(racked; 13.8% alcohol with close to 5 grams per liter of acidity and 2 grams of residual sugar; both the alcohol and malolactic fermentation went very slowly, according to Saouma): Cloudy appearance. Exotic orange and honey aromas are freshened by rose petal and menthol on the slightly high-toned nose. At once thick and bracing, with bitter citrus zest flavors complemented by a whiplash of saline minerality; offers outstanding palate presence. Gained in vibrancy and harmoniousness with aeration, taking on a chlorophyll note and finishing with outstanding length. This distinctly offbeat wine should enjoy a long life in bottle.
— Stephen Tanzer  (92-95) Sep 2017

2015 Lucien Le Moine  Bienvenues-Bâtard-Montrachet Grand Cru
(from barrel; this wine only finished its malolactic fermentation about a month before my visit): Very reserved on the nose, as is typical for this wine in this cellar. Captivating lemon and brown spice aromas are lifted by a lavender topnote. Intensely flavored and youthfully tight, with penetrating acidity giving a light touch and perfumed lift to the very dense flavors of citrus fruits, spices and flowers. This very backward, youthfully clenched wine is almost oily on the back end yet finishes with an impression of weightlessness.
— Stephen Tanzer  (92-94) Sep 2017

2015 Lucien Le Moine  Corton Blanc Grand Cru
(racked; from three plots on the east side of the cru): Pear, wild herbs, cinnamon and powdered rock on the vibrant, slightly medicinal nose. A distinctly rocky, powerful style with a strong limestone salinity and penetrating spiciness. Suave, seamless and light on its feet but youthfully imploded today. Best today on the extremely long, vibrant, virtually weightless finish. Saouma noted that this fruit was overripe in 2009 but not in 2015.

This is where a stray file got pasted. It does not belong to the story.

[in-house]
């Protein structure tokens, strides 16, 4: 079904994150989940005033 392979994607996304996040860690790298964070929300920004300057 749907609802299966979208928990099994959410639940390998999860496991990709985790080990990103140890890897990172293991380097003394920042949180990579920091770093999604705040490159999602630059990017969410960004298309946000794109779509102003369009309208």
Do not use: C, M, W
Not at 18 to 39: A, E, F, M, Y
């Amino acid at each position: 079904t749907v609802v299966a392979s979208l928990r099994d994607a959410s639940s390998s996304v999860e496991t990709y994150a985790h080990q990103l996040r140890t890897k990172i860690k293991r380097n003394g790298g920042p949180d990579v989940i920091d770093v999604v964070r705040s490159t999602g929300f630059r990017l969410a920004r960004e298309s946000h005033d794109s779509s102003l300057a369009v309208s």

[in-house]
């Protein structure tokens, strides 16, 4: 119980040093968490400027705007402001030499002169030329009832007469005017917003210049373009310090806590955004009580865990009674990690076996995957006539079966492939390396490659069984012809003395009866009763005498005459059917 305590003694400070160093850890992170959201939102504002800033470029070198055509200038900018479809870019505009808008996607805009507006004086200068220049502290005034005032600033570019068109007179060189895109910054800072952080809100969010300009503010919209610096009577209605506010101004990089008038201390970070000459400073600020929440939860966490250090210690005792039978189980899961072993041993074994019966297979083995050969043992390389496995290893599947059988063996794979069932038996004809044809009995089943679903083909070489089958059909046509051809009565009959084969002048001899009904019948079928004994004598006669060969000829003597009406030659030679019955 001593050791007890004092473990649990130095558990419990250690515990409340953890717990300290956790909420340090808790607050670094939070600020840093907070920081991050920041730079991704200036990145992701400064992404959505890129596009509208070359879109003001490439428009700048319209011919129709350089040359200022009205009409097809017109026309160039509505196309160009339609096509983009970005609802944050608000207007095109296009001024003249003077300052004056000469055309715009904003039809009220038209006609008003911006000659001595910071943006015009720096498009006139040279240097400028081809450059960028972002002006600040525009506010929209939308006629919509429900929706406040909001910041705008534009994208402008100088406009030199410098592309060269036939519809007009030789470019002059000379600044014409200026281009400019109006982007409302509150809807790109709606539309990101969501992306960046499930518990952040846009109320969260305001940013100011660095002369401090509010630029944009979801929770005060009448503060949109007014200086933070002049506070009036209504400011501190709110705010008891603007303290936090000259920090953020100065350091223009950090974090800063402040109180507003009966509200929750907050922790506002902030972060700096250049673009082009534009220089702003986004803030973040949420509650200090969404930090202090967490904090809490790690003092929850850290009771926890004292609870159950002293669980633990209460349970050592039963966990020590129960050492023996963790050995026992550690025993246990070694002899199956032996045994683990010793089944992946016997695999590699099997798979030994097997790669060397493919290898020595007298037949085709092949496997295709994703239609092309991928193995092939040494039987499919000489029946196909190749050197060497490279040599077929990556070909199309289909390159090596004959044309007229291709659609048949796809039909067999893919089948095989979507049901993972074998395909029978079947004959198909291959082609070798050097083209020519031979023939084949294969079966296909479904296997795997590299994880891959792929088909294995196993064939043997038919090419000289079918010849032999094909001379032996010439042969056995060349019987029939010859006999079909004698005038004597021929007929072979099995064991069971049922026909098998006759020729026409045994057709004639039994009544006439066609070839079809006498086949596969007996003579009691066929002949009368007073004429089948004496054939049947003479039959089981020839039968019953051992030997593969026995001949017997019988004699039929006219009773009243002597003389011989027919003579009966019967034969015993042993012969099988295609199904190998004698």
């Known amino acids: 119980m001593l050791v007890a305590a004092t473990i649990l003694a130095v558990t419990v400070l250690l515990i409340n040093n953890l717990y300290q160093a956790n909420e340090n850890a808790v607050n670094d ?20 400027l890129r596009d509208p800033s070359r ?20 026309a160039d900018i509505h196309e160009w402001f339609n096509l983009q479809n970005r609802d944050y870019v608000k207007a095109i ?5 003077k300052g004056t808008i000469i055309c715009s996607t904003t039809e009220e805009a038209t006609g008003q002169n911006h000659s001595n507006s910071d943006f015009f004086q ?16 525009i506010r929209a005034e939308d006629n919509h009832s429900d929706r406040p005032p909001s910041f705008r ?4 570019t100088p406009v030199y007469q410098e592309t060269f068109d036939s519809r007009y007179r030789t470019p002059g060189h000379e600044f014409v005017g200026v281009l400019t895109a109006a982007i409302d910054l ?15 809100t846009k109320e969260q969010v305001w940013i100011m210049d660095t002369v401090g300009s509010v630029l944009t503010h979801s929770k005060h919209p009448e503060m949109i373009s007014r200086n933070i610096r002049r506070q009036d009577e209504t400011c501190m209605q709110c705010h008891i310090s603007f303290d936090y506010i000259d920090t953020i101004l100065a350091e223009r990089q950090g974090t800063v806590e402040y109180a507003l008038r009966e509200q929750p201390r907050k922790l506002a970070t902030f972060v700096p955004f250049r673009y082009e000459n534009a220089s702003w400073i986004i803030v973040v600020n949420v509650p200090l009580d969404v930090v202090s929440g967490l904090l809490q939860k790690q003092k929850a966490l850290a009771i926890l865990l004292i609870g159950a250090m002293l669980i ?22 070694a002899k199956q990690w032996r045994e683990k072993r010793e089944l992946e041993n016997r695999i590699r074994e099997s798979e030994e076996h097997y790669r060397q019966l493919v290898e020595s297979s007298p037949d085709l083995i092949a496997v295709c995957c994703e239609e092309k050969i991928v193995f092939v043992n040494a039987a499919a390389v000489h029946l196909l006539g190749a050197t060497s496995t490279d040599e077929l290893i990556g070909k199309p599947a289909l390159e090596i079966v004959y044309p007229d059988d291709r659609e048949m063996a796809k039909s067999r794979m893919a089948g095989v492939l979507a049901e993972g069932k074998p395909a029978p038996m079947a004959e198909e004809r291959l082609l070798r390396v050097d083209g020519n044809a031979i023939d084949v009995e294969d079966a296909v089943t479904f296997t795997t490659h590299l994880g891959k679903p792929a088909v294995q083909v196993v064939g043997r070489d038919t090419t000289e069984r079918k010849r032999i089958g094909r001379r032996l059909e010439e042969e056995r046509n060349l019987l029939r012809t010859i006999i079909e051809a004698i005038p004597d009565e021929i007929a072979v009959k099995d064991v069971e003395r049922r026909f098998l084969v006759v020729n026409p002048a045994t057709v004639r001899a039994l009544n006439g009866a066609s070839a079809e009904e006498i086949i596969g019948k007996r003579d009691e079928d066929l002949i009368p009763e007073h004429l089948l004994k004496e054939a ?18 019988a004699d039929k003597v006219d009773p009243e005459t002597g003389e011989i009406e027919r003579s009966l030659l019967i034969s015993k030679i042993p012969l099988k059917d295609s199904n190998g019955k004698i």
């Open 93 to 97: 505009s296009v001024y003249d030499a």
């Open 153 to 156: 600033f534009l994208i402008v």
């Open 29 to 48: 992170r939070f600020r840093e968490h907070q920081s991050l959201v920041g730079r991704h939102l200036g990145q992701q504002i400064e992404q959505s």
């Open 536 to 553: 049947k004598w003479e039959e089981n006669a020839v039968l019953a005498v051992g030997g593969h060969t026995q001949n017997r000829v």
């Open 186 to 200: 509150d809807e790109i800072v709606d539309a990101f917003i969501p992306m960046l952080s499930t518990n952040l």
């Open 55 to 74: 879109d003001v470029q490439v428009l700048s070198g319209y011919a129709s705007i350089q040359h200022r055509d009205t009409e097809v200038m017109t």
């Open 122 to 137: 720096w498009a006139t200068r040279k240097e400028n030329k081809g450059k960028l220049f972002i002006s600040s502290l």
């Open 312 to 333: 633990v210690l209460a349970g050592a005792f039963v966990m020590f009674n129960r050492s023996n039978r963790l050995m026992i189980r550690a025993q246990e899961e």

— Stephen Tanzer  (92-94) Sep 2017

2015 Lucien Le Moine Chassagne-Montrachet Les Embrazées 1er Cru

(from barrel): Bright yellow. Aromas of pear, menthol and clove complicated by powerful saline crushed-rock minerality. Not as powerful as the Grande Montagne (this one is only 13.7% alcohol with four grams of acidity) but unusually expressive early, not to mention precise and energetic and not at all heavy. Penetrating lemon acidity gives the rising, slightly phenolic finish a light touch without any sharpness. A rather powerful Chassagne with an earthy nuance and a touch of wildness.
— Stephen Tanzer  (92-94) Sep 2017

2015 Lucien Le Moine Puligny-Montrachet Les Folatières 1er Cru
(racked): Pale color. Inviting, soil-driven aromas of lemon, orange, apricot, vineyard peach, lichee and flowers, lifted by a note of coriander and complicated by a smoky nuance; there’s something a bit Condrieu-like here. Voluminous and utterly seamless but with superb energy to its flavors of soft citrus fruits and lemon grass. Very suave, intense wine with a harmonious, sappy finish displaying terrific sweetness and verve. Still a bit youthfully imploded in a positive way.
— Stephen Tanzer  (92-94) Sep 2017

2015 Lucien Le Moine  Chassagne-Montrachet Grandes Ruchottes 1er Cru
(racked; 14.3% alcohol with 4.3 grams per liter acidity): Hazy light yellow. Restrained aromas of pineapple, lemon oil, lavender and caraway seed convey a Chevalier-Montrachet-like early charm as well as serious verve. The penetrating palate comes almost as a shock, as very firm acidity and a strong salty character give tension and freshness to the flavors of orange oil and minerals. Finishes salty and very long, with sexy brown-spice lift. This wine has the thickness to support its rather powerful spine.
— Stephen Tanzer  (92-94) Sep 2017

2015 Lucien Le Moine  Chassagne-Montrachet La Grande Montagne 1er Cru
(14% alcohol; tasted from barrel; from a sunny, rocky, limestone-rich site at higher altitude): Ripe pear lifted by a pungent rocky character on the nose. Slightly high-toned and racy in the mouth, with excellent acid cut (reportedly almost five grams per liter) to its flavors of lemon and dried orange peel (Curaçao?). Seamless, fascinating and a bit extreme but I love it. In spite of its thickness of texture, this wine is almost painful on the very long, rising finish.